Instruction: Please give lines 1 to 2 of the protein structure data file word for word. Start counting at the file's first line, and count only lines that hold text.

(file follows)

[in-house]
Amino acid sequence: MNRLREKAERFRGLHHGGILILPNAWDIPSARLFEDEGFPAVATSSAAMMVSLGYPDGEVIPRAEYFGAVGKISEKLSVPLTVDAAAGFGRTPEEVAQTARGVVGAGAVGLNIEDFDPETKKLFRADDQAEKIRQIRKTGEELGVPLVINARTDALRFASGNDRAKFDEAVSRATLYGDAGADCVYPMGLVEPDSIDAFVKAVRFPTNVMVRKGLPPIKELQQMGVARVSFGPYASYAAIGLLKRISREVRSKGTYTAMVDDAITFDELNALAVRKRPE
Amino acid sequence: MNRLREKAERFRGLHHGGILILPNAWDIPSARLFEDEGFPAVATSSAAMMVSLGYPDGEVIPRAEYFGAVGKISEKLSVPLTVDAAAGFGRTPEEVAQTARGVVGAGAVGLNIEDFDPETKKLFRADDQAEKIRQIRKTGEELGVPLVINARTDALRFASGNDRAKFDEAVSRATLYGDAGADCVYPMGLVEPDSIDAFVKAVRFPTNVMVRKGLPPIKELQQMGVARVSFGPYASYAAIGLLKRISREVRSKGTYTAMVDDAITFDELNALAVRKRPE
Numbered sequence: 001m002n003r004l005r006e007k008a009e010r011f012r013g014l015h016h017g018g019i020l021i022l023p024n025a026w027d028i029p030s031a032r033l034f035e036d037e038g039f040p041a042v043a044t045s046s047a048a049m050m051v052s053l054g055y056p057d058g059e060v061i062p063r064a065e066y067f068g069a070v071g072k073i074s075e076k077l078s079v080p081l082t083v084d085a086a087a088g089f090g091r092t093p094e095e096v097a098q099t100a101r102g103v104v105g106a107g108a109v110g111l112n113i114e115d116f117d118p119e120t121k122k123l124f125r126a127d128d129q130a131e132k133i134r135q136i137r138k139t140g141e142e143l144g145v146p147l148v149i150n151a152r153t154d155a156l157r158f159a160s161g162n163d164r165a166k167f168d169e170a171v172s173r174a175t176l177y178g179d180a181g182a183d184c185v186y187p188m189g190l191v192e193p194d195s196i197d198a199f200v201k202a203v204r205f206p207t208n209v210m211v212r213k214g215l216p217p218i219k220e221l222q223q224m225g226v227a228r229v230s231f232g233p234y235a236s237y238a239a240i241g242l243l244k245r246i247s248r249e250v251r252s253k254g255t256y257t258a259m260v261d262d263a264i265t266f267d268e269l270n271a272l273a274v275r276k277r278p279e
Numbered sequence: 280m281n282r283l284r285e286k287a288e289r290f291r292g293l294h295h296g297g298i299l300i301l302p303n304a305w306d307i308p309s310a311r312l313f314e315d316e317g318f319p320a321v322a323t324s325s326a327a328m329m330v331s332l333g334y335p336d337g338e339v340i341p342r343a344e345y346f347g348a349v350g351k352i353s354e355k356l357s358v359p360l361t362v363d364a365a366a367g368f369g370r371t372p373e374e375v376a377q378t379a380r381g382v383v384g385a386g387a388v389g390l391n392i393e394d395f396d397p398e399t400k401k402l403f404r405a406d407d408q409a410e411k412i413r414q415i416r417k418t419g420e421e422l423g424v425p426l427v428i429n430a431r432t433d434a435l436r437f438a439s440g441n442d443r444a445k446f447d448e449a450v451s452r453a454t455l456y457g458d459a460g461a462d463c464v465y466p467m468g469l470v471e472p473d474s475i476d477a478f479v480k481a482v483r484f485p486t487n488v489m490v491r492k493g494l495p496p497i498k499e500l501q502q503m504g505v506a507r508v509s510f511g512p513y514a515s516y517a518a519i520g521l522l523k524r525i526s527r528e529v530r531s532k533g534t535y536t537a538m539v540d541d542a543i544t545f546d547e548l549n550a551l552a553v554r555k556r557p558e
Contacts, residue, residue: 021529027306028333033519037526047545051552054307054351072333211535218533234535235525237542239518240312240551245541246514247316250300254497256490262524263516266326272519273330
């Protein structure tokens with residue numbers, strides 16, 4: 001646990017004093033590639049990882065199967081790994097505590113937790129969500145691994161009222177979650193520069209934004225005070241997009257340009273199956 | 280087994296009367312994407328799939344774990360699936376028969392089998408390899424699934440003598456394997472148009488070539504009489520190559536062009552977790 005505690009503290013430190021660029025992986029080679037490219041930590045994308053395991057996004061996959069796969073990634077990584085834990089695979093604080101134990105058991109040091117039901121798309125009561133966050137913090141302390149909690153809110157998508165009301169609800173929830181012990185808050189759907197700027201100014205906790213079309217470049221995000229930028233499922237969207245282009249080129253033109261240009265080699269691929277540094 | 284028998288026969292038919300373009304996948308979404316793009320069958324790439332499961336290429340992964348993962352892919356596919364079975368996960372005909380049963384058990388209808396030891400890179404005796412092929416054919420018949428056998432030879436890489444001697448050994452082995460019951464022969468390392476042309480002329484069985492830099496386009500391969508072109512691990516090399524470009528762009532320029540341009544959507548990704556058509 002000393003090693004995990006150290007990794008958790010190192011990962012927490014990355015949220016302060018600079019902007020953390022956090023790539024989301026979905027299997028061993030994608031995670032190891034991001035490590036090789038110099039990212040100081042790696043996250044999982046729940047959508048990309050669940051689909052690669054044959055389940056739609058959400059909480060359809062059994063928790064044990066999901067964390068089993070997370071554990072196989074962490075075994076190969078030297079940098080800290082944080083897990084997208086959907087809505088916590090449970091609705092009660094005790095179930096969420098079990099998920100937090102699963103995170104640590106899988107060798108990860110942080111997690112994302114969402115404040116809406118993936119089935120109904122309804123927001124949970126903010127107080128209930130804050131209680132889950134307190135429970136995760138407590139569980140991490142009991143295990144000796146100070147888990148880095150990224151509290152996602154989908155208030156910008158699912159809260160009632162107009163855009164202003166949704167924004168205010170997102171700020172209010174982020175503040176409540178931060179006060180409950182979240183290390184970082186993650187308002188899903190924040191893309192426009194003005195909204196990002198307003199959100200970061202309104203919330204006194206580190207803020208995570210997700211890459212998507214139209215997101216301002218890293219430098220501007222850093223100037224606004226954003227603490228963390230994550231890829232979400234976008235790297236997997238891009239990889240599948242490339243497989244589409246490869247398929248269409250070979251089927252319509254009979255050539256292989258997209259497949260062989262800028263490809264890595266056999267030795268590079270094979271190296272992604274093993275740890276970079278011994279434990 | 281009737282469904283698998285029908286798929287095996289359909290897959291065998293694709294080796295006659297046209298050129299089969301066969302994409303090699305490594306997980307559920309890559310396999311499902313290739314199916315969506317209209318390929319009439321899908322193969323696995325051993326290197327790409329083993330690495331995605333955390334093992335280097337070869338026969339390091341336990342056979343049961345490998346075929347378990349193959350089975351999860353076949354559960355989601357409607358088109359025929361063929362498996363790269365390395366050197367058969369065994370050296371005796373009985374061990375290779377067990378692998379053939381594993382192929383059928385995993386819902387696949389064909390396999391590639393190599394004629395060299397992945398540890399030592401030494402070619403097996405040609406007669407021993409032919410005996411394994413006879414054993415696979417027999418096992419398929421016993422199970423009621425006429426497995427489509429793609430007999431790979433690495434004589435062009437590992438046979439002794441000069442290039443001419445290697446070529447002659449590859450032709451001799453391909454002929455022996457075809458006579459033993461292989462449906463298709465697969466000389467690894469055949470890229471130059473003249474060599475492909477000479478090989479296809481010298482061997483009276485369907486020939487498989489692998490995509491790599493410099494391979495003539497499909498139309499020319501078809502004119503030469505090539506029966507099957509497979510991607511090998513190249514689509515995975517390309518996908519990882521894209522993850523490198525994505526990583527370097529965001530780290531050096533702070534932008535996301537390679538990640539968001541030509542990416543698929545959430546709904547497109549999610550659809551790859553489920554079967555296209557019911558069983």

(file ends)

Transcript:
[in-house]
Amino acid sequence: MNRLREKAERFRGLHHGGILILPNAWDIPSARLFEDEGFPAVATSSAAMMVSLGYPDGEVIPRAEYFGAVGKISEKLSVPLTVDAAAGFGRTPEEVAQTARGVVGAGAVGLNIEDFDPETKKLFRADDQAEKIRQIRKTGEELGVPLVINARTDALRFASGNDRAKFDEAVSRATLYGDAGADCVYPMGLVEPDSIDAFVKAVRFPTNVMVRKGLPPIKELQQMGVARVSFGPYASYAAIGLLKRISREVRSKGTYTAMVDDAITFDELNALAVRKRPE